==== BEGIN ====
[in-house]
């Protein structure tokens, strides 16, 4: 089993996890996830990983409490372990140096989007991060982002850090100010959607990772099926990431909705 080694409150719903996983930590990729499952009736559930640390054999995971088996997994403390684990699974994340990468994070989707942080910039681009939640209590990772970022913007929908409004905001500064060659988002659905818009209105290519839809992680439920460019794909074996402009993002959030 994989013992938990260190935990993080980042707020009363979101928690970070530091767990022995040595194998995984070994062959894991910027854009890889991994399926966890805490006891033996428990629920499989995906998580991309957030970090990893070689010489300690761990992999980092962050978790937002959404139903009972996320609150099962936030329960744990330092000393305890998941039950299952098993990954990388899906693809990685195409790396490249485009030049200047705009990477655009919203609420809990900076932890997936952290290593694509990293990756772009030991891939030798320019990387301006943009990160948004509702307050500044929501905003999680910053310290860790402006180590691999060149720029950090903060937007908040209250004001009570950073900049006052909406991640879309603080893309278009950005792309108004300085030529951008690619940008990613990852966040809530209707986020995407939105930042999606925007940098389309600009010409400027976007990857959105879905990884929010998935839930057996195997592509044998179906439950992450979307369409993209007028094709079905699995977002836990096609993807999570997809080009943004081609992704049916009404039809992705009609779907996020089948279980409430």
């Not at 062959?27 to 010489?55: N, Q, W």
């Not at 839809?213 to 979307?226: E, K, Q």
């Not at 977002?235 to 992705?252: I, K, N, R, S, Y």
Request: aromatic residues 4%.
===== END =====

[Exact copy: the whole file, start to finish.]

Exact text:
[in-house]
């Protein structure tokens, strides 16, 4: 089993996890996830990983409490372990140096989007991060982002850090100010959607990772099926990431909705 080694409150719903996983930590990729499952009736559930640390054999995971088996997994403390684990699974994340990468994070989707942080910039681009939640209590990772970022913007929908409004905001500064060659988002659905818009209105290519839809992680439920460019794909074996402009993002959030 994989013992938990260190935990993080980042707020009363979101928690970070530091767990022995040595194998995984070994062959894991910027854009890889991994399926966890805490006891033996428990629920499989995906998580991309957030970090990893070689010489300690761990992999980092962050978790937002959404139903009972996320609150099962936030329960744990330092000393305890998941039950299952098993990954990388899906693809990685195409790396490249485009030049200047705009990477655009919203609420809990900076932890997936952290290593694509990293990756772009030991891939030798320019990387301006943009990160948004509702307050500044929501905003999680910053310290860790402006180590691999060149720029950090903060937007908040209250004001009570950073900049006052909406991640879309603080893309278009950005792309108004300085030529951008690619940008990613990852966040809530209707986020995407939105930042999606925007940098389309600009010409400027976007990857959105879905990884929010998935839930057996195997592509044998179906439950992450979307369409993209007028094709079905699995977002836990096609993807999570997809080009943004081609992704049916009404039809992705009609779907996020089948279980409430």
């Not at 062959?27 to 010489?55: N, Q, W």
């Not at 839809?213 to 979307?226: E, K, Q």
């Not at 977002?235 to 992705?252: I, K, N, R, S, Y």
Request: aromatic residues 4%.